|
|
|
|
Search: 
Latin American Herald Tribune
Venezuela Overview
Venezuelan Embassies & Consulates Around The World
Sites/Blogs about Venezuela
Venezuelan Newspapers
Facts about Venezuela
Venezuela Tourism
Embassies in Caracas

Colombia Overview
Colombian Embassies & Consulates Around the World
Government Links
Embassies in Bogota
Media
Sites/Blogs about Colombia
Educational Institutions

Stocks

Commodities
Crude Oil
US Gasoline Prices
Natural Gas
Gold
Silver
Copper

Euro
UK Pound
Australia Dollar
Canada Dollar
Brazil Real
Mexico Peso
India Rupee

Antigua & Barbuda
Aruba
Barbados
Cayman Islands
Cuba
Curacao
Dominica

Grenada
Haiti
Jamaica
Saint Kitts and Nevis
Saint Lucia
Saint Vincent and the Grenadines

Belize
Costa Rica
El Salvador
Honduras
Nicaragua
Panama

Bahamas
Bermuda
Mexico

Argentina
Brazil
Chile
Guyana
Paraguay
Peru
Uruguay

What's New at LAHT?
Follow Us On Facebook
Follow Us On Twitter
Most Viewed on the Web
Popular on Twitter
Receive Our Daily Headlines


  HOME | Cuba

Abe, First Japanese PM to Visit Cuba, Seeks to Strengthen Economic Ties

HAVANA - Japan's Prime Minister Shinzo Abe has arrived in Cuba for the first visit to the country by a Japanese leader with the intention to boost bilateral economic ties and restrain North Korea's nuclear program, as well as meeting with Cuban President Raul Castro and his brother Fidel.

Trade ties between the two countries are very limited and are declining in the moment. This year, Japan is expected to offer aid grants of about one billion yen ($9.9 million) for Cuba to purchase Japanese medical equipment and other machinery.

The signing of this deal took place today in Havana, although Japan's intention from this deal is to open the door for future exports of Japanese technology to Cuba.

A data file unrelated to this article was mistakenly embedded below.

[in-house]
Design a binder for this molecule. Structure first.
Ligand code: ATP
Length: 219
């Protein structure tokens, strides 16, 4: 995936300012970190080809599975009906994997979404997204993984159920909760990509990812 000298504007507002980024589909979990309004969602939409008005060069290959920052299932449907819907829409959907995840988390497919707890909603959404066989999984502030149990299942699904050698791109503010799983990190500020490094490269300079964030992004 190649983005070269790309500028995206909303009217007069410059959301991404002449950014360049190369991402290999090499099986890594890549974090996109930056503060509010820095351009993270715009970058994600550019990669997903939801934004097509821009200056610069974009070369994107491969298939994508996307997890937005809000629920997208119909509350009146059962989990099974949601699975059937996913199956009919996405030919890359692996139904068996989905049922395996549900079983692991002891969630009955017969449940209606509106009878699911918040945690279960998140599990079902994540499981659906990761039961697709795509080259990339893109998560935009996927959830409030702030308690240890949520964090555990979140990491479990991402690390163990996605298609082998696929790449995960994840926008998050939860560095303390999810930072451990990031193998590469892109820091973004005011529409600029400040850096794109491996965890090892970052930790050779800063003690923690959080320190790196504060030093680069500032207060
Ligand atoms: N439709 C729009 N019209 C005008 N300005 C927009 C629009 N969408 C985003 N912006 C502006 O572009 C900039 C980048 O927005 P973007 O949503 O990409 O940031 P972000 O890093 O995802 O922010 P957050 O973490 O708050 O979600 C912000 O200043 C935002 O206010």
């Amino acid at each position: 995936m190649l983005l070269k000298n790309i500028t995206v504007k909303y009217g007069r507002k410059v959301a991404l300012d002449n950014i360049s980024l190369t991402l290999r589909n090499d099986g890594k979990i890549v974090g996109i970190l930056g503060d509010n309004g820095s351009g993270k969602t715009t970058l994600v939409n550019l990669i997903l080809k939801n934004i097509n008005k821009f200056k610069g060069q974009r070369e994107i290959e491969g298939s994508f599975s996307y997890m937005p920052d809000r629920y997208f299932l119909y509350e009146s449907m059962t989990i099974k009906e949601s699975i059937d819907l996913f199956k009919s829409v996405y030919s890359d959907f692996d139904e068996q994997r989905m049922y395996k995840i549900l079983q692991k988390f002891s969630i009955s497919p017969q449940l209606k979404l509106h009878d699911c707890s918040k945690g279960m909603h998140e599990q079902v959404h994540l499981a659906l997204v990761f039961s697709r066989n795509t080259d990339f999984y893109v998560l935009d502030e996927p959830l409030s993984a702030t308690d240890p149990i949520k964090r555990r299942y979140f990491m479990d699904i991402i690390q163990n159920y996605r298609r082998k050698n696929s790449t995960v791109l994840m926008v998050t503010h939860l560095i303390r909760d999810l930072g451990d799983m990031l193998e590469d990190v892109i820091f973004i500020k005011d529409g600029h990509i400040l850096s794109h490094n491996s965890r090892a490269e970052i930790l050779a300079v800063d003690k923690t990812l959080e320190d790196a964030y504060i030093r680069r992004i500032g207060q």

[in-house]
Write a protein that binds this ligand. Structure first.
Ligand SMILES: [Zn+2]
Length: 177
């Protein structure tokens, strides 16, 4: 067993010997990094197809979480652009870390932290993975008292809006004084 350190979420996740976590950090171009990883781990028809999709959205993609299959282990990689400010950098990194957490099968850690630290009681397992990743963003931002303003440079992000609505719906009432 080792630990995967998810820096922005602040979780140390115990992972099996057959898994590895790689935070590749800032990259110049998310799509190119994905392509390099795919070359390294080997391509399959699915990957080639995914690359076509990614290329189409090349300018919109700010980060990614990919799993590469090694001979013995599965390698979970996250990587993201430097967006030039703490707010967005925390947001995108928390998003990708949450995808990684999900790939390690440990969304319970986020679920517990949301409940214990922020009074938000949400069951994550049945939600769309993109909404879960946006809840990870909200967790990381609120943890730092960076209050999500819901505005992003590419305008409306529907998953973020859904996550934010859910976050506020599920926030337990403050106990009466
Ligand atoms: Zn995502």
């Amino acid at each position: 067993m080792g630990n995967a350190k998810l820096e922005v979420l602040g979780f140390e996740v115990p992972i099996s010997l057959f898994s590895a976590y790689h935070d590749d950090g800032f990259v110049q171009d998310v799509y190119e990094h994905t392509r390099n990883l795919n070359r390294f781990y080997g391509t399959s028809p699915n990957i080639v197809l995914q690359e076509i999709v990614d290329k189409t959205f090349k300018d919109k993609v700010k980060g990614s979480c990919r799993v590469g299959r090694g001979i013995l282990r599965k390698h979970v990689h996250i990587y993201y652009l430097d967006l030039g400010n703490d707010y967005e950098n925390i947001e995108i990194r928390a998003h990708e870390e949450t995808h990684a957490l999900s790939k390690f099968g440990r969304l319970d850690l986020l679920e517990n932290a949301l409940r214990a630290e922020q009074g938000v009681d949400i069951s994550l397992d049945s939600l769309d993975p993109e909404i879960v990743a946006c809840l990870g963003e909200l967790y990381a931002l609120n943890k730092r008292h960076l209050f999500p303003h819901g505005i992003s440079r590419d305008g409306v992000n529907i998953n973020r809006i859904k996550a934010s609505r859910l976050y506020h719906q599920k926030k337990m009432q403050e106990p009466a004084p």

Japanese foreign ministry spokesperson Yasuhisa Kawamura said during a press briefing that Raul Castro and Shinzo Abe also discussed the possibility of setting up a Cuban-Japanese medical specialist training center in Havana and promoting academic exchanges between universities of the two nations.

The Japanese prime minister also expressed to both Raul and Fidel Castro his concerns about North Korea's nuclear tests, which pose a "threat to international peace," and asked the Cuban Government for support in its dialogue with Pyongyang since Cuba remains one of the few countries that maintain relationships with North Korea.

In an interview published Thursday in Cuba's Communist Party newspaper Granma, Abe said he wants to open a dialogue regarding a wide range of topics with Cuba.

"I also want to exchange opinions with Cuba, which holds great influence among the non-aligned countries, about the reform of the United Nations Security Council, nuclear disarmament, the situation in Asia and other topics involving the international community," the Japanese leader was quoted as saying.

To pave the way for better trade relations, three days prior Abe's arrival, a bilateral agreement in which Japan waives 120 billion yen ($1.19 billion) out of a 180 billion yen debt that Cuba owes Japan, was signed.

"I firmly believe that Japanese companies can ... make a notable contribution to a Cuba that is updating its socioeconomic model," Abe said.

Cuba and Japan officially established diplomatic relations in 1929 but discontinued these during World War II, later the two nations re-established their diplomatic relations in 1957, two years before the victory of the Revolution led by Fidel Castro in 1959.

 

Enter your email address to subscribe to free headlines (and great cartoons so every email has a happy ending!) from the Latin American Herald Tribune:

 

Copyright Latin American Herald Tribune - 2005-2018 © All rights reserved